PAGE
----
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Donald Doesn't Drive (standard:humor, 9191 words)
Author: J.A. AarntzenAdded: Oct 30 2005Views/Reads: 2534/4858Story vote: 0.00 (0 votes)
After being bitten by a dog, a man decides to sue the dog's owners.


Donald doesn't drive anymore.  His left leg had been amputated after the
dog bite he had sustained became infected with gangrene.  The dog 
doesn't live any more.   The police saw to it after Donald's wife 
reported the incident.  Stacey was part mastif and part dachshund.  He 
was a funny looking canine that protected his yard from all 
trespassers.  Donald had fit into this category in Stacey's eyes when 
he had come to spread the word of the Book of Mormon.  Stacey was not a 
religious animal nor were his masters, Brian and Thelma Grodley.  
Stacey had spared the Grodleys the ordeal of listening to Donald's 
well-rehearsed testament of God spiel, unfortunately this had cost him 
his life.  After ten days at the Humane Society shelter, it was 
determined that Stacey was rabies free and that the free veterinary 
clinic earlier that spring was not a waste of time for the Grodleys.  
It did cost them the fee for Stacey's destruction however. 

Donald thought that it was a waste of time to go tend to his wound at
the emergency clinic despite the urgings of his children and his 
cohorts at the Church of Jesus Christ of Latter Day Saints.  Had Donald 
been a Jehovah's Witness at the nearby Kingdon Hall instead he would 
not have had to be subjected to the advice given by fellow worshippers. 
 But Donald was a Mormon through and through and he believed that a few 
well placed prayers would suffice in keeping him in health.  He even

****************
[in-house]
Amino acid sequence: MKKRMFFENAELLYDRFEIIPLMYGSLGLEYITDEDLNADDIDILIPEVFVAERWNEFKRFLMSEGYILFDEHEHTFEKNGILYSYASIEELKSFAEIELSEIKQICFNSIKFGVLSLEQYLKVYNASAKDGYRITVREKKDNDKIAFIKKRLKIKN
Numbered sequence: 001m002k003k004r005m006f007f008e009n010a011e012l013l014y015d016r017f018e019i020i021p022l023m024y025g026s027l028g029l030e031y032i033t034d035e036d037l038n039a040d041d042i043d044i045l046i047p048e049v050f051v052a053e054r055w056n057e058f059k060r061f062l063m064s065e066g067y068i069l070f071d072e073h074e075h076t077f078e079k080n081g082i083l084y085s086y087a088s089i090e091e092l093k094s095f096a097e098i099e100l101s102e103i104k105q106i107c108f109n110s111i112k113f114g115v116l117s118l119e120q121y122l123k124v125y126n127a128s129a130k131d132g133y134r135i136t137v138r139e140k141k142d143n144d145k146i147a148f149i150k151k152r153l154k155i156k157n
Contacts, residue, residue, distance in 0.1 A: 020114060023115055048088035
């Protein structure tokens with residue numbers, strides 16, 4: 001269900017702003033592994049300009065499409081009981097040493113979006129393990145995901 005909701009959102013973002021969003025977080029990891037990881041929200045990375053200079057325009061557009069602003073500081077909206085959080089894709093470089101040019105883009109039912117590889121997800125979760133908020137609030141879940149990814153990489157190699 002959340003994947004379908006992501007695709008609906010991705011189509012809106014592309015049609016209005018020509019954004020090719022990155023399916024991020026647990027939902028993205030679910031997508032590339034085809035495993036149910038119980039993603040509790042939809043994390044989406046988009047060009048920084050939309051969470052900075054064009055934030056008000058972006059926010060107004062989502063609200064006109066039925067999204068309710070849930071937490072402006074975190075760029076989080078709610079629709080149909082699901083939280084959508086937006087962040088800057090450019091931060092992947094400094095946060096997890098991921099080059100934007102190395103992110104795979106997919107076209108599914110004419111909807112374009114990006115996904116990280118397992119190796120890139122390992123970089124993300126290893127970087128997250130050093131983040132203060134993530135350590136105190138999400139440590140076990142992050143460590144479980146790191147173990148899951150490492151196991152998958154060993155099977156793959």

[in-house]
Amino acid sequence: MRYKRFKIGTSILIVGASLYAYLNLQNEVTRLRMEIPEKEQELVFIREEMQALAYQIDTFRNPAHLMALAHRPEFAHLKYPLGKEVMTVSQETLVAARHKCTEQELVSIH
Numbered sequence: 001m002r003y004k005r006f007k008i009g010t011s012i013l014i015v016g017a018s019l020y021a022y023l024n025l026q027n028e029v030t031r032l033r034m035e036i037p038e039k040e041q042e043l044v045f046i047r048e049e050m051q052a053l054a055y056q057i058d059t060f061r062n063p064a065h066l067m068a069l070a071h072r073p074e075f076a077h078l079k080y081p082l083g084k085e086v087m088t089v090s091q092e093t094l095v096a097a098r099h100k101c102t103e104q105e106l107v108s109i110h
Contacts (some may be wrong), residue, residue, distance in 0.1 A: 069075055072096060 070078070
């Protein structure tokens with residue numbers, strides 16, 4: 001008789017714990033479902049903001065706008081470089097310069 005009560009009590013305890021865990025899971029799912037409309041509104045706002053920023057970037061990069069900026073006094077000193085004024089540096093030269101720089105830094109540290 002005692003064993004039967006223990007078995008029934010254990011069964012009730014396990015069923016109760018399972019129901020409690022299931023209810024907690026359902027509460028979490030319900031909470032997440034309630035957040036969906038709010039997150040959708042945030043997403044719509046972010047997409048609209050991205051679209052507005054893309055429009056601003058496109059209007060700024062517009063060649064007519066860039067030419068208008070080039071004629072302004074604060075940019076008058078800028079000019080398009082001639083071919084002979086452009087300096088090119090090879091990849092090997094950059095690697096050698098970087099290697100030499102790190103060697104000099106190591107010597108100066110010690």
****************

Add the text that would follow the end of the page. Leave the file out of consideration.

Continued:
said a prayer for Stacey and the Grodleys because that was the 
Christian thing to do. 

The Grodleys didn't feel anything Christian towards Donald.  Donald's
attorney, Adam Tray, discovered this when he served papers upon Brian 
and Thelma notifying them that a hefty lawsuit had been registered at 
the courts.  Adam Tray also discovered that Stacey had been replaced 
with Chelsea, a purebread Rotweiler that the Grodleys adopted from the 
shelter the same day as Stacey's paw was shaved to facilitate the 
needle.  Chelsea's disposition towards lawyers was akin to her 
predecessor's towards men spreading the good news. 

The Grodleys were not particularly fond of men or women who went to the
bar.  They decided that they were able to defend themselves in a civil 
court of law.  Brian Grodley was fond of bars and especially the women 
who went to bars.  This did not sit particularly well with Thelma who 
was always afraid that her husband would bring home some unwanted 
sexually transmitted disease from the bar.  For this reason, she did 
not lay with him any longer.  Her bed was not empty though because 
Stacey and then Chelsea found their night's sleep at the foot of the 
queen-sized mattress.  Brian slept on the couch.  This suited him fine 
for Thelma tended to snore and the dogs needed somewhere to sleep. 

When news spread that Donald's leg had become infected, Thelma's first
thoughts were that Donald, too, must have found his comforts in the 
bars that her husband frequents.  But this was far from the truth.  
Donald was not the type to partake in such activity.  He found his 
calling in the book rather than the bottle.  And had he went to the 
emergency clinic he would have been given a bottle of medicine that 
would have staved off the infection that would eventually cost him his 
leg.  His leg had cost him a fair dollar to have it buried.  It was 
there at the cemetary waiting for the rest of him to eventually join it 
in the afterlife. 

Donald often wondered how his leg was doing in heaven.  Without a
partner and a body, it might have found paradise to be a lonely place.  
Thelma did not find her backsplit home a lonely place on the nights 
Brian was lifting a few at the bar.  She had Stacey and then Chelsea to 
keep her company.  The lawyer, Adam Tray, worked for the company 
Baines, Baines and Baines.   He was not a partner there.  He was not 
even a junior partner.  He had never done anything to move up the 
corporate ladder.  In many respects he was the bane of Baines, Baines 
and Baines.  He was just a lonely man in the firm and for this reason 
he felt a special empathy towards Donald's leg who was lonely in 
heaven.  This leg was going to help him get up that corporate ladder 
with one big step.  A large civil lawsuit would get him recognized.  He 
would no longer be the ash Tray of the firm. 

Chelsea did not like Adam Tray from the moment she saw him.  She knew
lawyers when she saw them and like most human beings, this Rotweiler 
detested them.  It was an attorney, Hugh Huygens,  that had recommended 

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